You can grow your own food. And we can help!

Food forest in the tropics

Oct 04, 2011

 One of my favorite fruits is figs - I can remember having a huge fig tree outside my bedroom window growing up in South Africa.  Now -  that dry temperate climate is very, very different to where I live now, about as far away as possible in fact.   When I saw fig trees for sale I knew I just had to have one - that little child in me kept saying - how delicious those figs were - don't you remember?  I bought the tiny thing and put it into a little blue pot that I also just had to have.... Isn't it just as cute as a button? 

 A real little fig tree.  I hope it survives the heat and humidity and grows up to be a nice big fruit bearing fig tree.  In a pot of course - I think I would probably have to find someplace for it to live during our wet season where it is not quite so wet.  It is little - just look at it next to my little lime tree. :)  But I now have a fig tree. A veritable food forest...of course it would be nice to harvest some fruit, but I am practicing patience.

 I did harvest the black beans, shared some with the neighbours, but kept some to plant again.  Not now, the wet season is about to begin and the beans would just never dry out I don't think.  I find it very difficult to get information of what to grow in what season.  Then again the seasons differ from year to year, so sometimes I will just give something a try. Like these black beans which in fact have been quite successful.  A couple of months from planting to harvesting :)

 This must be the season for capsicums - they are starting to produce lovely little peppers - small but tasty.  I planted these a long time ago, but they have only now started to flourish.  Along with the eggplant.  I must make a note of when they need to be planted in future.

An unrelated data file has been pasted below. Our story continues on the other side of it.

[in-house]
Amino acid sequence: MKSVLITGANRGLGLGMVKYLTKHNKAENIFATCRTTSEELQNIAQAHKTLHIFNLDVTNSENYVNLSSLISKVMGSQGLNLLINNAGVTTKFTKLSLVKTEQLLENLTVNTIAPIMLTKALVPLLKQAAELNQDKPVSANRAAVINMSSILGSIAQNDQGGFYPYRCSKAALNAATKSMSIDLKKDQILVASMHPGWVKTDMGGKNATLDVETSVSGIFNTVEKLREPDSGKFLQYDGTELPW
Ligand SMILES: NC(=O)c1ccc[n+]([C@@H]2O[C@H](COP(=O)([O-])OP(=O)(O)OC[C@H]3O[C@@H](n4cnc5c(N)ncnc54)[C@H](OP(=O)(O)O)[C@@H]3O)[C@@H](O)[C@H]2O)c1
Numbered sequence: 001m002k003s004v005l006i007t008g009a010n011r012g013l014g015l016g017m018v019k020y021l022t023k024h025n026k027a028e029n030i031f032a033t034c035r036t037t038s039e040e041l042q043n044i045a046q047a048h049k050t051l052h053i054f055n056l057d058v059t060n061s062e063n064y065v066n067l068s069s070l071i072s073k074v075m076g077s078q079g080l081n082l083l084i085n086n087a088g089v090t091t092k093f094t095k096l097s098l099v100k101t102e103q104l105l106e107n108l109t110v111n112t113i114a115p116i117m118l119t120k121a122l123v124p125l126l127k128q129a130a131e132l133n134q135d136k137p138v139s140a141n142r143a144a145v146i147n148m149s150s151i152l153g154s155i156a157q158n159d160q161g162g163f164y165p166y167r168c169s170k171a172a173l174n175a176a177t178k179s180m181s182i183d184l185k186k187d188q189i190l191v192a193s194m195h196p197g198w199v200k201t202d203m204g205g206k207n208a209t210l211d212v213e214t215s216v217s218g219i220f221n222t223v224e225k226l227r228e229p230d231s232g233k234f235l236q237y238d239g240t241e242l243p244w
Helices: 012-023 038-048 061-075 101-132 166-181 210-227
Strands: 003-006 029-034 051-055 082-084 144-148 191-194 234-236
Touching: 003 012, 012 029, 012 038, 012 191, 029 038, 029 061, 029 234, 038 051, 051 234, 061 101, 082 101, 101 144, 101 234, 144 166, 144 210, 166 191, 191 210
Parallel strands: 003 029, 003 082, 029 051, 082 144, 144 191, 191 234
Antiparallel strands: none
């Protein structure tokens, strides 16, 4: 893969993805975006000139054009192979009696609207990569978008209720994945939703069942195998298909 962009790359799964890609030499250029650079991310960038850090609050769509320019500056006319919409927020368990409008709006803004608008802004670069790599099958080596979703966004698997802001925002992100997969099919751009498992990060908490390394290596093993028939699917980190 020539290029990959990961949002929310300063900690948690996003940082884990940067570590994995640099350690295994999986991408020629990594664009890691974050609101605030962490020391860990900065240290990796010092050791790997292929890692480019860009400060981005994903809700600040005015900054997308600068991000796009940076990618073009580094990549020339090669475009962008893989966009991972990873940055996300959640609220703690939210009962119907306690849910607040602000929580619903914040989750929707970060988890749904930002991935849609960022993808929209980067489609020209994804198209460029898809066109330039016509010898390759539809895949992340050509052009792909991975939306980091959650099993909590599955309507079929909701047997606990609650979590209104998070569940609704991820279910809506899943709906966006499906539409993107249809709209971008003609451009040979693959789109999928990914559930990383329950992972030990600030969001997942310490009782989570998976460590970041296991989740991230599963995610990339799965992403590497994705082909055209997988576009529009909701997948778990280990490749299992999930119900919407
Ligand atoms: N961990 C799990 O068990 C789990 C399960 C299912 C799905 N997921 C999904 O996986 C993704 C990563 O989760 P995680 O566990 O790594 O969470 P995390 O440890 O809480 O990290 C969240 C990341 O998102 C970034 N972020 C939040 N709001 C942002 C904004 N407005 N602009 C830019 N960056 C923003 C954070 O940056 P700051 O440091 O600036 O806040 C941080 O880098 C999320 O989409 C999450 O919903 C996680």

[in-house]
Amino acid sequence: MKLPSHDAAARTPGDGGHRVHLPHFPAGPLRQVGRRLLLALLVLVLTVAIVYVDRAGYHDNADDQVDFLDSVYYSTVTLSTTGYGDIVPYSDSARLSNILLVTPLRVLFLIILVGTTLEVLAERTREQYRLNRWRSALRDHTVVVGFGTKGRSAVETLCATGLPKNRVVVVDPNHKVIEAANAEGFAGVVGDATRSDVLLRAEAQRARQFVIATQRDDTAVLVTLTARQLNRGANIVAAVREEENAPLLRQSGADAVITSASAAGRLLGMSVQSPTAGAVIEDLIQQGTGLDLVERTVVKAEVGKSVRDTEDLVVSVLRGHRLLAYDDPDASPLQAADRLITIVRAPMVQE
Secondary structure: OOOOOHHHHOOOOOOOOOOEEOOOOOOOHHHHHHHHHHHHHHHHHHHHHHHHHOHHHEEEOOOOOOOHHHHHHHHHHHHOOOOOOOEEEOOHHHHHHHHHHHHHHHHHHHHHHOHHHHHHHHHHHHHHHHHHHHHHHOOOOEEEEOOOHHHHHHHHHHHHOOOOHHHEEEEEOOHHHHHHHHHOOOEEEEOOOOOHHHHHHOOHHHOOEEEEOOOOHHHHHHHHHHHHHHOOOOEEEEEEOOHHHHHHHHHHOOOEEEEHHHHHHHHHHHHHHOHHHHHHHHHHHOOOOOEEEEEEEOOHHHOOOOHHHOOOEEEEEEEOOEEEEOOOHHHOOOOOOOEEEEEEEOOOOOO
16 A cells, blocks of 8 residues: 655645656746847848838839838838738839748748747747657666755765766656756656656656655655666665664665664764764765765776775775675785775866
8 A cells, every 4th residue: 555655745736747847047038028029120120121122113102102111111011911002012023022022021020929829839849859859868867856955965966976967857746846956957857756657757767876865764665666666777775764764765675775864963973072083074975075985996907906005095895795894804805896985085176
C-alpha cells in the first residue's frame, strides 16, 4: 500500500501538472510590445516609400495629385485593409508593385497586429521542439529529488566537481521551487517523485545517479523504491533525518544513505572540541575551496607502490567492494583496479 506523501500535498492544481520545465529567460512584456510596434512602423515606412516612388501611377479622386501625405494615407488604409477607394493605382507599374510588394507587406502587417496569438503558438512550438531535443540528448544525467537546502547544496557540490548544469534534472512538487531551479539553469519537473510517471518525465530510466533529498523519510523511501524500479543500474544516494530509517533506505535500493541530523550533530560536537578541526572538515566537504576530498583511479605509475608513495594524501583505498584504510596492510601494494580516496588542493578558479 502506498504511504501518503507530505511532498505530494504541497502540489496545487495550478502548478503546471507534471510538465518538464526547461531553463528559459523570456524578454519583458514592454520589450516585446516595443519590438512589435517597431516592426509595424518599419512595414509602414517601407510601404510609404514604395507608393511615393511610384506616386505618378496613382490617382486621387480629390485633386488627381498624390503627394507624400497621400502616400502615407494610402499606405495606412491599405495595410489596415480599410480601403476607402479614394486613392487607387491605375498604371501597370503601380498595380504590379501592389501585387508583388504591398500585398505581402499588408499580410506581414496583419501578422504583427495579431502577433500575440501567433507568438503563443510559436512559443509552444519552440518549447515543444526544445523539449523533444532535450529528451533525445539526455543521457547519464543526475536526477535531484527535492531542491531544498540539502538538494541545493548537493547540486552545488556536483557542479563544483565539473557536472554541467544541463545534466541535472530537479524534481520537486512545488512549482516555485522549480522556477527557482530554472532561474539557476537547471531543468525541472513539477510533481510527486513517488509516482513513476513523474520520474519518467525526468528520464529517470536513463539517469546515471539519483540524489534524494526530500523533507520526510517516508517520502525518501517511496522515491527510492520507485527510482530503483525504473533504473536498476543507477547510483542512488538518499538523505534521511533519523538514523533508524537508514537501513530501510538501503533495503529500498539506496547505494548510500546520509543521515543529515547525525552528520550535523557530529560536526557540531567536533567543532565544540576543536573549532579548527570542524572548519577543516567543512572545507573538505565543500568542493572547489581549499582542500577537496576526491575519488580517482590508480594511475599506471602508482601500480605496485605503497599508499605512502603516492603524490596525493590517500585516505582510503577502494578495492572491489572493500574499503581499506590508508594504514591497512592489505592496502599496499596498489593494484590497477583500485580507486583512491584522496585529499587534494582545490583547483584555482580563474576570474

I have planted wet season produce, but not sure when the rains will start.  This has been a strange year - quite cool and dry - I even put in some more lettuce seeds, but if it gets hot too quickly now they will just bolt.  I have never had much luck with beetroot, but sowed some seeds as well - maybe they will do better in the rainy season.   I have sweet potato, loofah, yakon, jicama, ginger and chinese long beans planted - those are my wet season staples.  I am already harvesting chinese long beans, capsicums, eggplant and asparagus.   The red cherry tomatoes have been fabulous this year and still going strong.  Pawpaws are falling off the tree green - not sure what is going on there. 
Does anyone else know exactly what and when to plant in their garden? 
Do you often buy something just because you like the taste?  Even though you are  pretty sure they will not do well in your climate?  I do like to grow things I will eat :)  Are you likely to be more succesful learning to love what you can grow easily in your climate?


Last year I added another fig tree to the yard. A black Mission Fig. Surprise!! I got few this year, they ripened to a beautiful...yellow. I don't mind they were delicious, whatever kind they are. Most of what I grow here now are things that are native or varieties that do well on this area. I've come to love the old southern vegetables and fruits.
I thought this was a black mission but in trying to get the nicest looking plant I actually got one that is called a brown turkey. I have never seen yellow figs - actually I am not always sure that the plants have the right labels lol. I too am enjoying the different tropical types of vegetables that can grow here.